Later on we spotted a wild female orangutan right by the river, it was making a loud kissing sound which meant she was distressed and telling us to go away.

(^Not the orangutan)

Lunch time came. YUM. Hands down, on the boat, we were served some of the best food we had eaten in our whole trip. We looked forward to every meal, wondering what our cook was going to conjure up on his tiny stove below deck. There was just so much more flavour and character than the usual nasi goreng we had been eating. It seemed to have more of a Thai feel to it and was just generally very tasty! Kudos to the chef!

In the afternoon we went to the first feeding station. the boat moors up to a wooden deck that goes in the rain forest quite a way before we walk on land. This is because in the rainy season the land by the water is marsh area.

The rainforest grew larger and taller the further we went in. It was warm and humid and started to rain a little, funny that being in a rainforest and all! we got to the feeding station and there were about 10 other tourists waiting patiently for rangers to bring the huge sackful of bananas to the feeding platform.

We went to three different feeding stations over our trip and here are some of our best snaps, enjoy the sheer cuteness, likeness and majesty of the people of the forest!

The idea behind the feeding stations is not simply to appease the awe struck tourists, but in fact to facilitate the reintroduction of these Orangutans in to the wild. The competition is high for food on the rainforest and even at the feeding stations we got an idea of the sort of power and respect dominant Orangutans have over others, represented by the size of their cheek plates. We saw sheepish younger apes waiting in the trees for an opportunity after the larger males and alpha female had finished their bananas before chowing down. Although we didn't encounter the current alpha male at Camp leaky, Tom, we saw an Orangutan named Terry return to the camp for food after an abscense from camp Leakey for over a year demonstrating exactly the logic behind the feeding stations, once the animals are confident enough to leave they will but if the competition is too high they can always come back for bananas.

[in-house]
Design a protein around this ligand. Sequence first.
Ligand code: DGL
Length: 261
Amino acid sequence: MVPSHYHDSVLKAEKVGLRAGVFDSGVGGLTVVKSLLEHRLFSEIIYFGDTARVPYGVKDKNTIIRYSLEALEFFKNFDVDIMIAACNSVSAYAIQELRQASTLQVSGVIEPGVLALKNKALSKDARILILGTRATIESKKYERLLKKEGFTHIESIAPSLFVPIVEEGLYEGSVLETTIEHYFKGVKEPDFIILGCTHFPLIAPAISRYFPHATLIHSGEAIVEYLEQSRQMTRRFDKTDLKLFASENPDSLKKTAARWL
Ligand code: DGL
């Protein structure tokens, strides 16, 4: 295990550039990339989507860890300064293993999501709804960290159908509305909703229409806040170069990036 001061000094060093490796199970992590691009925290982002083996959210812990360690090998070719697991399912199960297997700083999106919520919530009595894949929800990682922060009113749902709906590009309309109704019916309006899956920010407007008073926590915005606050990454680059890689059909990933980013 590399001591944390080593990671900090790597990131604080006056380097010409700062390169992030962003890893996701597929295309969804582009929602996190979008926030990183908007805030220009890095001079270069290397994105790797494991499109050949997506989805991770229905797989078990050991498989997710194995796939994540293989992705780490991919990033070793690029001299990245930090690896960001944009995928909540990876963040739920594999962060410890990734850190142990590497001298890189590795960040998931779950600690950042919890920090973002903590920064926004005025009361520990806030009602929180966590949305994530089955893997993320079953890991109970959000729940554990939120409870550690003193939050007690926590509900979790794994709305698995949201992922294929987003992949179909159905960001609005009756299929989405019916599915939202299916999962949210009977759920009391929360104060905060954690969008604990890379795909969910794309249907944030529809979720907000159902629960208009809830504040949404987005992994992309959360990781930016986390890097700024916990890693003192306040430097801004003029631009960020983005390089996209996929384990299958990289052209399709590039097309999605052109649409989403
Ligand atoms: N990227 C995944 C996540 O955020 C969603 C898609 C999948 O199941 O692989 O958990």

Even though there was a sort of rope behind which we had to stand the Apes weren't perturbed by our presence and many walked just feet away from us going to and frome the platform.
This fella got here before the bananas did....
He wanted to be first inline to get all the bananas, before one of the alpha males came and scared everyone else off!
Demonstrating their gymnastic skills, boy are they flexible!
baby's and young hardly ever let go of their mothers at any time.
Milk for the baby's. This one was an inquisitive fellow and was playing with the bowl and later tipped the whole bowl upside down and put it on his head.
I melt.
Maybe my favourite photo ^
The Orangutans look after their young for 8 years and It's this birth cycle that puts them at a greater risk of extinction as they can only look after one young at a time. When the apes become teenagers and can fend for themselves they will often still stay with thir mother and her new child. For example one Orangutan we made a particularly close relationship with was a teenager called Roy. We met Roy as we were walking back from the feeding station just as the rainforest had started to live up to its name, it really was torrential downpour. We noticed Roy just off the path with his mother and her new child. Our guide Torres called to Roy and he came down and said hello, the mother on the other hand stayed up in the trees with her leaf umbrella sheltering from the rain. It turns out that they hadn't had the opportunity to take bananas from the feeding station due to weariness of the alpha male. As it happened our guide had some bananas left over from breakfast in his bag. We gave the tasty treats to Roy much to his delight, he knew they were there in fact poking and looking in the bag. Josie even started teaching him bad habits by encouraging him to forage in Tores' bag for the banana. Naughty. Hopefully this habit won't stick. We also saw him making an umbrella with his hands and some leaves as the flat nose of the Orangutan is not ideal when rain is pouring down their face. Genius.